Home > Fife v. Home Depot, Inc.

Fife v. Home Depot, Inc.

260 P.3d 1180 (2011)
Floyd Blaine FIFE, Claimant-Appellant,
The HOME DEPOT, INC., Employer, and National Union Fire Insurance Company of Pittsburgh, Surety, Defendants-Respondents.
No. 37894.

Supreme Court of Idaho, Idaho Falls, August 2011 Term.

September 2, 2011.

1182*1182 James D. Holman, Idaho Falls, argued for appellant.

W. Scott Wigle, Boise, argued for respondents.

EISMANN, Justice.

This is an appeal from a decision of the Industrial Commission finding that claimant had failed to prove that his medical condition requiring back surgery was caused by an industrial accident rather than by the pre-existing degenerative changes in his thoracic and lumbar spine. Because the Commission, as the trier of fact, is not required to accept 1183*1183 the testimony of the claimant's treating physician, we affirm its decision.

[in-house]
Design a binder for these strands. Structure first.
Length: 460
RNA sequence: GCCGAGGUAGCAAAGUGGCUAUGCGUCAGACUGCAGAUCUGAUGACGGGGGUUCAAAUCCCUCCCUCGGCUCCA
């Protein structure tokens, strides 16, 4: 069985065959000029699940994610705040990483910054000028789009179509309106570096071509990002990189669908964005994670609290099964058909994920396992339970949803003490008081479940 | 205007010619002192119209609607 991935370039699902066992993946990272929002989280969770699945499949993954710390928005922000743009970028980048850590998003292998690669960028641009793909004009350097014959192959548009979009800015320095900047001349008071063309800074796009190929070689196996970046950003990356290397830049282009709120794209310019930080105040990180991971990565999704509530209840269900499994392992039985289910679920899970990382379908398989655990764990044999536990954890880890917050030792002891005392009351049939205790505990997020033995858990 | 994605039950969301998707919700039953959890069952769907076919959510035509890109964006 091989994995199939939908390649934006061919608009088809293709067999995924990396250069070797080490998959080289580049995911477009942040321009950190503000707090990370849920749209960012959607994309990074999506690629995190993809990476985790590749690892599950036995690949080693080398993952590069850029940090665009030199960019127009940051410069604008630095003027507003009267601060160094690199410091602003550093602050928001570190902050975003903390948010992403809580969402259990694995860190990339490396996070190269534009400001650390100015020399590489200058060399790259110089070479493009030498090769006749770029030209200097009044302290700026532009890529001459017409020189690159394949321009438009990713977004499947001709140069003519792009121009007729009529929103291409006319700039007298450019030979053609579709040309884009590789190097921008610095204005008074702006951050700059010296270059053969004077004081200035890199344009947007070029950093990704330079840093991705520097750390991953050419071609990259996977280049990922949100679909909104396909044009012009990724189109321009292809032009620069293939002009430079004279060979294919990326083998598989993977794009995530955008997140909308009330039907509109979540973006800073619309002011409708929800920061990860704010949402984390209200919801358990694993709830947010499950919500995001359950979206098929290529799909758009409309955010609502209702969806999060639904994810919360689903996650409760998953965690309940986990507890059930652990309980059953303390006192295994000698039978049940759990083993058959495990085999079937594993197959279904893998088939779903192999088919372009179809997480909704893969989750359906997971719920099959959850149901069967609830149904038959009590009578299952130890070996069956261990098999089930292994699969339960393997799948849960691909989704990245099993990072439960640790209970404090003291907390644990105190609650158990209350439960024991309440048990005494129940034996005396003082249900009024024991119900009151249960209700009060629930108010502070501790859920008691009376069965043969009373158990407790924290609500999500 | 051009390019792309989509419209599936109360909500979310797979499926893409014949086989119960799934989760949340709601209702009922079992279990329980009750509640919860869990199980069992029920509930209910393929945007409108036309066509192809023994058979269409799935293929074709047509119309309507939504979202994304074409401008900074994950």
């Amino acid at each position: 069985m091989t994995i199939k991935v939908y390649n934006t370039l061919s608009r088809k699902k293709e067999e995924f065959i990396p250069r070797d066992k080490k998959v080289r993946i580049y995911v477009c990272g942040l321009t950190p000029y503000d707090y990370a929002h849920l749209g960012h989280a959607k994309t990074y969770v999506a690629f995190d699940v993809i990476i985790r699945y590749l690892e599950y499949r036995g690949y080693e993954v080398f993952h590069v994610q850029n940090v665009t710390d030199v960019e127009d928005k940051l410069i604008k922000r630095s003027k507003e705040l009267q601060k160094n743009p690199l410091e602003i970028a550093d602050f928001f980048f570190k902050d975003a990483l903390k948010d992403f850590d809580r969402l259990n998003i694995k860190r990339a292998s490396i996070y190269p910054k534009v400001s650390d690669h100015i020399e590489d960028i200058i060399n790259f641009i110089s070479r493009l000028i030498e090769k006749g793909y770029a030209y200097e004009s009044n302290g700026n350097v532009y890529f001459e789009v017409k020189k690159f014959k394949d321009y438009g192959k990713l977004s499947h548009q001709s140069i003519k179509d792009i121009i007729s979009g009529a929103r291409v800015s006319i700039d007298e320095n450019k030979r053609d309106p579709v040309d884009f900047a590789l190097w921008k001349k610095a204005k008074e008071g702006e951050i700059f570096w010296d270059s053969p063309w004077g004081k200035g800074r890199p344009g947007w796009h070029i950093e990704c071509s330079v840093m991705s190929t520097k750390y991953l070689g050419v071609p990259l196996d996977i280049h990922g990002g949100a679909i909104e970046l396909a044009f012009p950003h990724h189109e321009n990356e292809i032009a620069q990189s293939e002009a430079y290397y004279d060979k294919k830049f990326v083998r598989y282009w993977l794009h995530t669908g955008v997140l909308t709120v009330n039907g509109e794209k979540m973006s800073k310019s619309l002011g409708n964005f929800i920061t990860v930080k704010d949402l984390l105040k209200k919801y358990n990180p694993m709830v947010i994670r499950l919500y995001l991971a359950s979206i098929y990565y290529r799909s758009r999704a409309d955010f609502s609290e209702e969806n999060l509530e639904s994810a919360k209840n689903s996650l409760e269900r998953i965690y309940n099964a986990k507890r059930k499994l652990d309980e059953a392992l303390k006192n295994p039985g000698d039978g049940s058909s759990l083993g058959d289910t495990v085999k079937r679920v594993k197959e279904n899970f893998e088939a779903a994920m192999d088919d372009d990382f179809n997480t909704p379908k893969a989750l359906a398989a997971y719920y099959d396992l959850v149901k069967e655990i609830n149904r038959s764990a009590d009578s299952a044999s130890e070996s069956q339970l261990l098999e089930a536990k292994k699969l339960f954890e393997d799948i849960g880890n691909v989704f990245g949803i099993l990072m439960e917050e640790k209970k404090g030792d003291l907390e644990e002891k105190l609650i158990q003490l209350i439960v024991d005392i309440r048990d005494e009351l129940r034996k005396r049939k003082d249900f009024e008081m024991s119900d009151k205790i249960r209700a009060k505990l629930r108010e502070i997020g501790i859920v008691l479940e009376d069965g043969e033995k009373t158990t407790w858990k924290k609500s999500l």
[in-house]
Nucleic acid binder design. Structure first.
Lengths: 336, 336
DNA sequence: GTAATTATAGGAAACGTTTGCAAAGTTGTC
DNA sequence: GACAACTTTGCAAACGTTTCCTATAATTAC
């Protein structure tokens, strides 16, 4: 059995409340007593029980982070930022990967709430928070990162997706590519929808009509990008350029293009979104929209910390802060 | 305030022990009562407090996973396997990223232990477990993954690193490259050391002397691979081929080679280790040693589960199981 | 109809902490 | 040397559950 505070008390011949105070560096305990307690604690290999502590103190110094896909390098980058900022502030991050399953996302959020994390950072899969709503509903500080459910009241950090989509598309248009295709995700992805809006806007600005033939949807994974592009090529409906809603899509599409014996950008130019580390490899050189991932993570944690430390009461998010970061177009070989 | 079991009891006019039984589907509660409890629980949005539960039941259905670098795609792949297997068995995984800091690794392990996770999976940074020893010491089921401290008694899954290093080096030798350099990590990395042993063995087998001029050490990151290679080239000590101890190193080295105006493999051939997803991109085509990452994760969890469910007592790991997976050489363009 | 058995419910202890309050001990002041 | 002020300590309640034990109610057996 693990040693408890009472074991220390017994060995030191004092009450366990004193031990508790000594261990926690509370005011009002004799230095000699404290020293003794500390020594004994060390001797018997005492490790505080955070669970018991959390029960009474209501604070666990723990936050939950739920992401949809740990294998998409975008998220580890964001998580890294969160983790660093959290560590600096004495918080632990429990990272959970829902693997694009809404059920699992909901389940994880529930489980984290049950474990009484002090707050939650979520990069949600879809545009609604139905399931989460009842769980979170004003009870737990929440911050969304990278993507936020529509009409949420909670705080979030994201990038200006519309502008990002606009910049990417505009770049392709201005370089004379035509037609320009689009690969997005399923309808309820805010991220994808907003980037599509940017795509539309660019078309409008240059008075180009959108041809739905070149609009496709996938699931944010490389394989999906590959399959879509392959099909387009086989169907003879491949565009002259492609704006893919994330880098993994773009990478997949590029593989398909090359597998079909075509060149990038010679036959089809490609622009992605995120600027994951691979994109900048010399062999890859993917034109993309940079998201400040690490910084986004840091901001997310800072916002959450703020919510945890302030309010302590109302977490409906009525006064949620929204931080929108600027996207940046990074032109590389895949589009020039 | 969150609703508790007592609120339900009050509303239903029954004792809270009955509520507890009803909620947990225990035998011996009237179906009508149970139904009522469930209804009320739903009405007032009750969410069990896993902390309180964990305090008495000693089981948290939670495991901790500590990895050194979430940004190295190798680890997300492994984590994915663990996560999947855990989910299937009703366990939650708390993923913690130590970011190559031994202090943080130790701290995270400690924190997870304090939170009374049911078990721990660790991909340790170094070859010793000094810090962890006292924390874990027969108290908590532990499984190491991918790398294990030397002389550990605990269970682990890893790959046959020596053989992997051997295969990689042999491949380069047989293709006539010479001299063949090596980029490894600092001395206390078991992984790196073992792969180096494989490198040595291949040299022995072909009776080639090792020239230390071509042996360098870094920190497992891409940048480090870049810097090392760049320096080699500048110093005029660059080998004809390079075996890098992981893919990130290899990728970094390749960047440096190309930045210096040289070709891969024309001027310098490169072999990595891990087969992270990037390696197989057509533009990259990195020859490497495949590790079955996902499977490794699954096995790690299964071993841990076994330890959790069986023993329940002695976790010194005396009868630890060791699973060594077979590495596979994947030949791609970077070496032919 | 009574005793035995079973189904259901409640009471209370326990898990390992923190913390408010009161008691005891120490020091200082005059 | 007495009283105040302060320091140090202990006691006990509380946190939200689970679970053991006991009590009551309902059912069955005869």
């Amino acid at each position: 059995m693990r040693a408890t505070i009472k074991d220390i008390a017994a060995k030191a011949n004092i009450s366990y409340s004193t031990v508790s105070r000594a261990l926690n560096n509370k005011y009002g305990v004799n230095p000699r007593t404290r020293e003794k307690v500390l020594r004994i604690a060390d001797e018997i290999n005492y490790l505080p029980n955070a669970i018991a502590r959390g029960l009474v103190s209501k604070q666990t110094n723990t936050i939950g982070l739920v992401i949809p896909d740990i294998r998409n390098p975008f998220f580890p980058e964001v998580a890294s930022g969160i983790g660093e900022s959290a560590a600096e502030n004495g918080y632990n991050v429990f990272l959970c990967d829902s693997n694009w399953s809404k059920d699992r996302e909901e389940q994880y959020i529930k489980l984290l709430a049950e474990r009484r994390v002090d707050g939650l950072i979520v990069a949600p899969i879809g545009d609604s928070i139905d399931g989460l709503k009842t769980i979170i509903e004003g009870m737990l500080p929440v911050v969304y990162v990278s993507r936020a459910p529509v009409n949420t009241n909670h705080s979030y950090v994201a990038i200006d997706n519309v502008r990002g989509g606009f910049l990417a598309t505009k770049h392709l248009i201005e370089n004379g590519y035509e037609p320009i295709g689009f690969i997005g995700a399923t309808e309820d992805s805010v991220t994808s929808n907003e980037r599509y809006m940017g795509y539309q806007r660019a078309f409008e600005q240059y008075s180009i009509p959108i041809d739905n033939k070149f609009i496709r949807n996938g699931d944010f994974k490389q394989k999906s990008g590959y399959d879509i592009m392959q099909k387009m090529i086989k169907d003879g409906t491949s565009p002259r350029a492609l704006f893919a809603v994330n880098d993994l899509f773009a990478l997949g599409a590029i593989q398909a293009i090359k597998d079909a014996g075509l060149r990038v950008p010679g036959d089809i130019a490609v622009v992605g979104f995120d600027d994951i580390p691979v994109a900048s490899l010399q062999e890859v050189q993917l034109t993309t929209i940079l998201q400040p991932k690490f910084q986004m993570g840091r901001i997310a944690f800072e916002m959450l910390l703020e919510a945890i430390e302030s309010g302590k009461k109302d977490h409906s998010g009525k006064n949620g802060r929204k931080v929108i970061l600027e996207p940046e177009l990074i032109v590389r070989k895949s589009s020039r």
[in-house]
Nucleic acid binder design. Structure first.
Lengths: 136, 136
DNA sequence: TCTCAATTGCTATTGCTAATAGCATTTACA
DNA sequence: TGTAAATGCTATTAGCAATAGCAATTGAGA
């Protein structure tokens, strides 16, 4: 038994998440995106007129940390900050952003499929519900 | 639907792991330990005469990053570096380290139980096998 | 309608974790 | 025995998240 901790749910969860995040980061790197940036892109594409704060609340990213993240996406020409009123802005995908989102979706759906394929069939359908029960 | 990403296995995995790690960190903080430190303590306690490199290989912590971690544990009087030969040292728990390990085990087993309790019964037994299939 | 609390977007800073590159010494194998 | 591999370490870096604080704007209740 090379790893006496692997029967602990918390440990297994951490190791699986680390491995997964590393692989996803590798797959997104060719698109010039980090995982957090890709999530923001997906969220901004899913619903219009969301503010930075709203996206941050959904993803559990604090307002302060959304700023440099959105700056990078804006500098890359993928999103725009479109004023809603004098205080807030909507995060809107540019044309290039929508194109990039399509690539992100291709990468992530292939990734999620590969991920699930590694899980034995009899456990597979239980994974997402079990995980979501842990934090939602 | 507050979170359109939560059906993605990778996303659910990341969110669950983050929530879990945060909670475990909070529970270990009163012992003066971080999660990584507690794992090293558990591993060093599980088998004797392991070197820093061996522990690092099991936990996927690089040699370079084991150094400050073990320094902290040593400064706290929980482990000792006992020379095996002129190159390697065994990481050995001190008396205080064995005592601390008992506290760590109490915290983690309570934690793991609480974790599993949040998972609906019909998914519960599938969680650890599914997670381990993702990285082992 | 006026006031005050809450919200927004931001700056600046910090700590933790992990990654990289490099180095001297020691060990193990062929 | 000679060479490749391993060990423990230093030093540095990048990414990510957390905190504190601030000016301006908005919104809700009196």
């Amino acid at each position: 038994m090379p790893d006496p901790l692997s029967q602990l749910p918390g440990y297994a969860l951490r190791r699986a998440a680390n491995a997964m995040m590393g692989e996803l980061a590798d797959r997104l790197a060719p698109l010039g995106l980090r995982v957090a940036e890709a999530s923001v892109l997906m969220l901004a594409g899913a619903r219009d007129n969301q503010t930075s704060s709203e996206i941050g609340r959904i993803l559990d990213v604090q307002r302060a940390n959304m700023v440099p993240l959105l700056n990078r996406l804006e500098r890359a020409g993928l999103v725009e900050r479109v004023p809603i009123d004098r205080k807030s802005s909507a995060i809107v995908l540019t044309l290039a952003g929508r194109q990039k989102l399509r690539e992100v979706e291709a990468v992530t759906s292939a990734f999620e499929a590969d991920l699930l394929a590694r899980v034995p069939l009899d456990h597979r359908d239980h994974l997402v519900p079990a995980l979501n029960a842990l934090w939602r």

Factual Background

On March 4, 2008, Lloyd Fife (Claimant) filed a workers' compensation complaint alleging that on February 22, 2008, while working at The Home Depot, Inc. (Employer), he had injured his back while lifting a dryer to obtain it for a customer. Claimant sought medical care on February 25, 2008. His x-rays revealed severe degenerative changes in his thoracic and lumbar spine with disc narrowing, severe degenerative disc disease, and degenerative arthritis in the lower lumbar facet joints. His physician released Claimant with a fifteen-pound lifting restriction and referred him to a physical medicine and rehabilitation specialist.